This chapter outlines how to write up and disseminate research findings and research resources. We discuss how to develop and disseminate information such as research data in a more accessible format, whether through conferences, publication as books or journal articles, or through public outreach in other formats.
In many ways, this chapter braids together the various strands of themes discussed so far. In Chapter 3 we mentioned that lack of transparency and lack of obvious benefit are some of the factors negatively influencing participants’ willingness to participate in research, and we suggested making research findings available to participants once the study has been completed. But we need to look not only at our current but also potential future participants: making findings available to the public, that is, not only through the usual academic channels, can help to make the research process more transparent and improve trust in the institution. In a sense, accessibility is about making research findings easy to find, and easy to understand, and we will talk about some of the ways in which that can be done. But we also talk about accessibility in the sense mostly used in this book. If we are making our research and our findings available, what is the best way to present the information so that as many people as possible can access it? In this context, we refer back to Chapters 6 and 7.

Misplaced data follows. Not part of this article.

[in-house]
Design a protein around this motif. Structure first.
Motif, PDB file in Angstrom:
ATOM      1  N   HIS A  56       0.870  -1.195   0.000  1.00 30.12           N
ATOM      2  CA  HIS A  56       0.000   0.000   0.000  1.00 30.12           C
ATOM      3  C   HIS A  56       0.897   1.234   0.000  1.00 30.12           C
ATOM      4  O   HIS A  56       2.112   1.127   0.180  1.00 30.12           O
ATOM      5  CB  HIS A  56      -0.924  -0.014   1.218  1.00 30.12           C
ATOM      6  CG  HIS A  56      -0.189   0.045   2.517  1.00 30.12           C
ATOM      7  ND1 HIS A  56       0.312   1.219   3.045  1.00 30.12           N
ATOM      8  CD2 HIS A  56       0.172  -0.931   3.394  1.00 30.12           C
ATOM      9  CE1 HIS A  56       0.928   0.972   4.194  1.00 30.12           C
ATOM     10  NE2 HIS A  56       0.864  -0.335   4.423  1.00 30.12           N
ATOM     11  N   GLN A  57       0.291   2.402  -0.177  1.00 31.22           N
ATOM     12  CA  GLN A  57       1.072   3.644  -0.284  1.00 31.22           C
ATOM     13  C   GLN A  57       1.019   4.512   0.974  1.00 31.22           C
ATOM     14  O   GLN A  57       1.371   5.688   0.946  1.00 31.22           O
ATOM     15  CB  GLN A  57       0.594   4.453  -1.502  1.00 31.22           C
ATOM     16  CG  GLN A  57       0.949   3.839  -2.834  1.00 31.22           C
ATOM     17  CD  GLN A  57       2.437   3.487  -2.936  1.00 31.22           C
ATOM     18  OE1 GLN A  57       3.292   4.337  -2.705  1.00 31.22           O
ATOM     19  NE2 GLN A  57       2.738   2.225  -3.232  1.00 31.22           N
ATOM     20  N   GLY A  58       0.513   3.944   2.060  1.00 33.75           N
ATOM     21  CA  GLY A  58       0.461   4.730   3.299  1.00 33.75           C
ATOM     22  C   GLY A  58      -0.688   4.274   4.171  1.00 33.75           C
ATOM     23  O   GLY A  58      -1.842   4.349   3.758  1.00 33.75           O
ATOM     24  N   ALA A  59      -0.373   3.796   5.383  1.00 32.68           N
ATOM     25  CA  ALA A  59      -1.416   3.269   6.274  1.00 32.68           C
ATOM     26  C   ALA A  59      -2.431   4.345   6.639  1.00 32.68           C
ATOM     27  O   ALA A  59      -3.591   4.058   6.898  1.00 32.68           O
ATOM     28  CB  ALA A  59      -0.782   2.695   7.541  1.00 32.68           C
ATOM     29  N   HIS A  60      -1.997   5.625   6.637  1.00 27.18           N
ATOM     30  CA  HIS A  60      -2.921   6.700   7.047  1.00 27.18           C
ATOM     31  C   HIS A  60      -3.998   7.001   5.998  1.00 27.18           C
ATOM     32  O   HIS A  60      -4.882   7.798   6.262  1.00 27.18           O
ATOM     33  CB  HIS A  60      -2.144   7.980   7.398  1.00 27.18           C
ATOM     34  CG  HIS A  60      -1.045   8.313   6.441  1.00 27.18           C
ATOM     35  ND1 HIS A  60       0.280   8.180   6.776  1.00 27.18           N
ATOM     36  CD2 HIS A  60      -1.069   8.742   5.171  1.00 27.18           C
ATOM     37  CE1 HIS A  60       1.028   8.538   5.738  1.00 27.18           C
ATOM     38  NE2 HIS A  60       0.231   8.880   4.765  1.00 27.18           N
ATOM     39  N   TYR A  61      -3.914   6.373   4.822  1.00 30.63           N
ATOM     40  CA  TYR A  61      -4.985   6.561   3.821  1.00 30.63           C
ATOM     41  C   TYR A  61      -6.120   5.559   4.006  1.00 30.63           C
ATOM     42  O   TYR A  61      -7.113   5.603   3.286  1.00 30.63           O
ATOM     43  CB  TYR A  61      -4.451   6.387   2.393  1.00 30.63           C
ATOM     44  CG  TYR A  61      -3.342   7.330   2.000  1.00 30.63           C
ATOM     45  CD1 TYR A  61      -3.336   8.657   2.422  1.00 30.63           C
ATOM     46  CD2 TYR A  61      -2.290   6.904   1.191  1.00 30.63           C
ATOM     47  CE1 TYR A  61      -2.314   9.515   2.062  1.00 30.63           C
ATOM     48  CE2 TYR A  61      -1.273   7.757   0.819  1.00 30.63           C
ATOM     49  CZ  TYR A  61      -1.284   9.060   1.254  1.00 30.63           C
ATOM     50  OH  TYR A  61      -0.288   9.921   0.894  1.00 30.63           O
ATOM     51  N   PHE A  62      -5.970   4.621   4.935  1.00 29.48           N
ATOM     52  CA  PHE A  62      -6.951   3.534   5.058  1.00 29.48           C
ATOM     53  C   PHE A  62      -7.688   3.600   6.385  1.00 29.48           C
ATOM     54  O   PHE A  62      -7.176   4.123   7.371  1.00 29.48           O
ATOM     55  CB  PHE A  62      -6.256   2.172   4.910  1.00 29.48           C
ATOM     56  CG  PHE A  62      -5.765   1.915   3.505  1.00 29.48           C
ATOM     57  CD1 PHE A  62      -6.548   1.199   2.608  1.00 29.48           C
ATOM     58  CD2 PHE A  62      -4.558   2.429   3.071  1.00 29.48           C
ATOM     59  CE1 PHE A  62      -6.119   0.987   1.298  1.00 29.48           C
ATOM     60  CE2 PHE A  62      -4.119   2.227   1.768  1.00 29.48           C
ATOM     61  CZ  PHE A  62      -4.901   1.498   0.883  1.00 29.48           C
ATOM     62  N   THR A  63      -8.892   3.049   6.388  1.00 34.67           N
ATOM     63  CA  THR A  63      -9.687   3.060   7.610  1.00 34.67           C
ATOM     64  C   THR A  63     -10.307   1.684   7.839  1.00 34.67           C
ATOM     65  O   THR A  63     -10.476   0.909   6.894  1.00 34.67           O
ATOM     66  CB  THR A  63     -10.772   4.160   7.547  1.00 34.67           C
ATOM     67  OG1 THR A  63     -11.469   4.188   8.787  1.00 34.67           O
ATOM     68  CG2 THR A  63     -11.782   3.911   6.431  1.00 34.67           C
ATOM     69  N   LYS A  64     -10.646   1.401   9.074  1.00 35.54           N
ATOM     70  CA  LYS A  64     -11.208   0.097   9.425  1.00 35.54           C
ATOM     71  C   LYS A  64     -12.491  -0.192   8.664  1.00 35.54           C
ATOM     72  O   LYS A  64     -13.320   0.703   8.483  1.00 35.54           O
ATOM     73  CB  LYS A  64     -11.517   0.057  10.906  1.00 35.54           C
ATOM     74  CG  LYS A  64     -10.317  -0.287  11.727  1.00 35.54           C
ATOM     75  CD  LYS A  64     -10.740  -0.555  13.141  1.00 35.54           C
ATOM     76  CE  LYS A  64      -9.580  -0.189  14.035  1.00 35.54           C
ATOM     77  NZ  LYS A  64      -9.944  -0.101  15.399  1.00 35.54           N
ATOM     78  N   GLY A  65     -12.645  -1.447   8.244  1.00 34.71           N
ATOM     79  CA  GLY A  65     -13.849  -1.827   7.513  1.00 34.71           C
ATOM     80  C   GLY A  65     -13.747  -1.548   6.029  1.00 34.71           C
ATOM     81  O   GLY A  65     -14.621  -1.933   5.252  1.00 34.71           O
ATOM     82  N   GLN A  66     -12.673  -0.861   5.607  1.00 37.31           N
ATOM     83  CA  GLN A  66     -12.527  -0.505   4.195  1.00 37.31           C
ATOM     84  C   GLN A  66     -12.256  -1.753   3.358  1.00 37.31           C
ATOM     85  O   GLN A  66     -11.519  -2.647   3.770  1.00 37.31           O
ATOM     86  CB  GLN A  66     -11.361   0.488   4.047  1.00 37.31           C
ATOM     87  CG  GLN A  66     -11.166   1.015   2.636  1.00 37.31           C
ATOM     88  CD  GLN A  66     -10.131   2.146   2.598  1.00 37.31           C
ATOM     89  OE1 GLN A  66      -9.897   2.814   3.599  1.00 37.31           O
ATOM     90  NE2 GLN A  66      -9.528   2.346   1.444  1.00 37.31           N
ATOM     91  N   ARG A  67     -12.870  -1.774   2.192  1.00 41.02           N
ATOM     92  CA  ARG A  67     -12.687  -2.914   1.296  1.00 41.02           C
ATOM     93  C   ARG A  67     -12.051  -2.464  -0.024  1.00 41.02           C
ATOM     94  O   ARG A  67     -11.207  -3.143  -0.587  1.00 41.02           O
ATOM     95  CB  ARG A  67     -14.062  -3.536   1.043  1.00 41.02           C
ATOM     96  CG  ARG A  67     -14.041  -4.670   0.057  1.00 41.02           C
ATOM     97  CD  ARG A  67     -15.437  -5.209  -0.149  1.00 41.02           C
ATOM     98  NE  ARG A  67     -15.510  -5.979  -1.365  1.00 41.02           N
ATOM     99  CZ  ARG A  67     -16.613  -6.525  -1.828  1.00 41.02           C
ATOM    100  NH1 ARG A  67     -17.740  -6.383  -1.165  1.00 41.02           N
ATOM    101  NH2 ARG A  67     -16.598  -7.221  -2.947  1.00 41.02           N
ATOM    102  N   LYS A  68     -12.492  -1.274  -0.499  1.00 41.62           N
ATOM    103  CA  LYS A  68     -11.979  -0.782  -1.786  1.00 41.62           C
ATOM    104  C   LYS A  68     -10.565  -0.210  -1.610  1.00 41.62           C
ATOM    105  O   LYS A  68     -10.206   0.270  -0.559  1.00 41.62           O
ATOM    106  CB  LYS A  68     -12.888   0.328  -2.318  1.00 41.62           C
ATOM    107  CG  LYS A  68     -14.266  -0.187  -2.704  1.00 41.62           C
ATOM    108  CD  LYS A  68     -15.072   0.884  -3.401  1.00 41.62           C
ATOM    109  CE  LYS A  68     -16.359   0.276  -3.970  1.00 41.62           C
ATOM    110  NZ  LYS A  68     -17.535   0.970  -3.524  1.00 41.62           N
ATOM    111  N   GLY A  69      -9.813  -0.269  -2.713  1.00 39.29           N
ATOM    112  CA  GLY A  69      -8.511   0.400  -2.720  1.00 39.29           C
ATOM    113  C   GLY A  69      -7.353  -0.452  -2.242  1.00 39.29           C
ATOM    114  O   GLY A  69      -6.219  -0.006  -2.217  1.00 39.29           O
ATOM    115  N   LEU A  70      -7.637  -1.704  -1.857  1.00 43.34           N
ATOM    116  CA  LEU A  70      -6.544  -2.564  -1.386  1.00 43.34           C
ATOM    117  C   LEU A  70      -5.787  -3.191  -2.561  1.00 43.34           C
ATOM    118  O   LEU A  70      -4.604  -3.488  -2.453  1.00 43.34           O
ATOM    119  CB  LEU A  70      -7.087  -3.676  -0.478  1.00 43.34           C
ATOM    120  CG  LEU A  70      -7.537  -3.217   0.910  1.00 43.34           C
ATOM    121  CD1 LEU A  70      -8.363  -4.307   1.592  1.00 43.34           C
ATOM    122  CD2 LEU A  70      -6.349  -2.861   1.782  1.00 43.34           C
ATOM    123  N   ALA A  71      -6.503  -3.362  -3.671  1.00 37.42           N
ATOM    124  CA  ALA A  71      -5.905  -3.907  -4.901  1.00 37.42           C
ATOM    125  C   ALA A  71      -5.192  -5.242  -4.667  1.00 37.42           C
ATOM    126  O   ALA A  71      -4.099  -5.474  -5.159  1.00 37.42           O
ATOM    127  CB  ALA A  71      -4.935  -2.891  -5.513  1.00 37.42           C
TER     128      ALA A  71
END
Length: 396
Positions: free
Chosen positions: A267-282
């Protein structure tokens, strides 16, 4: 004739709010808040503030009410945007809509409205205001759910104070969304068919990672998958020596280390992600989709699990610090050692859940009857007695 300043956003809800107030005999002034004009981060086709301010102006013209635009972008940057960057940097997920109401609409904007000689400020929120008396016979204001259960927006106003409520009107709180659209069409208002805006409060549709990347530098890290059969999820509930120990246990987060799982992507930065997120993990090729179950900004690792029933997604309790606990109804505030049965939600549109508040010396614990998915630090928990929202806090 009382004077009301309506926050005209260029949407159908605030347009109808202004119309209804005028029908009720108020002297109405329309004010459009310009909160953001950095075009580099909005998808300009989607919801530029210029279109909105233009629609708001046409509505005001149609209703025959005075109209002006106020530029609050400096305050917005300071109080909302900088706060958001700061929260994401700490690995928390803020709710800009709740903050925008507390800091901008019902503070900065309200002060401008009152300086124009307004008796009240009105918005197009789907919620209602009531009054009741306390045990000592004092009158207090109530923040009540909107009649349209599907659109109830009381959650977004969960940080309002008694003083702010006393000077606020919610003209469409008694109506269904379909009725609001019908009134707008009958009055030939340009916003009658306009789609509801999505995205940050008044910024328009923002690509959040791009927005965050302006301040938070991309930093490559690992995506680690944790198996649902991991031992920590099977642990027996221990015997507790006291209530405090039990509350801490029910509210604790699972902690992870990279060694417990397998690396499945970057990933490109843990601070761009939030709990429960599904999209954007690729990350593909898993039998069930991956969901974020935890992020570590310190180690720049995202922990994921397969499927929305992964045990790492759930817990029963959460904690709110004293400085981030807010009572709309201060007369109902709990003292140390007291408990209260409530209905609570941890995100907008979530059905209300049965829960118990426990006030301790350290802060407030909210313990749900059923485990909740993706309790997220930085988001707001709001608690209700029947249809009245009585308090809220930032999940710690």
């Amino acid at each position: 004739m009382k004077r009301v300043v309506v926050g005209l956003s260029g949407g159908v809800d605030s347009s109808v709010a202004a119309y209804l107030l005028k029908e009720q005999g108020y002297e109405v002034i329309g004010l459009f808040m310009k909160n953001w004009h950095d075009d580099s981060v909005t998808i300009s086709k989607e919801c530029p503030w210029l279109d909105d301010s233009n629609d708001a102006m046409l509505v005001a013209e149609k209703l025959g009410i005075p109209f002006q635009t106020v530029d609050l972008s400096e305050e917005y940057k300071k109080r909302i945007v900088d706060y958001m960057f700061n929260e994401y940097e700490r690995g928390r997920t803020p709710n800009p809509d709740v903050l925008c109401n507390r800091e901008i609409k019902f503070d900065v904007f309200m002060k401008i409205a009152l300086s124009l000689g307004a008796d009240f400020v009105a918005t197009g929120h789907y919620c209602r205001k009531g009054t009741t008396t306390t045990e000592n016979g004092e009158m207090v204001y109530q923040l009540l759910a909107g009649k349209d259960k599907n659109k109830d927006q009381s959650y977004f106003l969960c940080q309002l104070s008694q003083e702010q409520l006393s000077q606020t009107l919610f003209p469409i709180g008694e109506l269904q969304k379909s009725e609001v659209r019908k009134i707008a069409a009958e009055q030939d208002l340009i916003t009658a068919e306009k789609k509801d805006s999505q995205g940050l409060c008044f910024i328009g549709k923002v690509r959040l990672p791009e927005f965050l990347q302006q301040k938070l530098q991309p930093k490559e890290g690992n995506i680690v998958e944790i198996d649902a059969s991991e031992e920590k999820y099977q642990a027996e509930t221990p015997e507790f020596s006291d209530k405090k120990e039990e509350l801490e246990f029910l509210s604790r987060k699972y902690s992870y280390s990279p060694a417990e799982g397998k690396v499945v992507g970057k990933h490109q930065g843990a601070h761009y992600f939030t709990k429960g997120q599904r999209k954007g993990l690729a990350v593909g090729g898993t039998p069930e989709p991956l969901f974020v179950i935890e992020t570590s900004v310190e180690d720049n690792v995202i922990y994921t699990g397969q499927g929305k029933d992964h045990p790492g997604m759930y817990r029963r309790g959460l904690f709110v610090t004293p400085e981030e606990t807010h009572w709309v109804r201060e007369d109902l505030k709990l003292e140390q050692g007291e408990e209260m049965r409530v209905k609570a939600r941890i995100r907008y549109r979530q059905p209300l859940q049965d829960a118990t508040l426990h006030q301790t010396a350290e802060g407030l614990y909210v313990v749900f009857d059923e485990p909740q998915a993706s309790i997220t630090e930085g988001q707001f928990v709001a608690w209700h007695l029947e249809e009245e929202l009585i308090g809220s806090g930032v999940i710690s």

Accountability describes the researcher’s responsibilities to their employer, research funders and stakeholders, as well as to research participants. It means that research must be conducted, delivered and disseminated according to professional standards and best practice.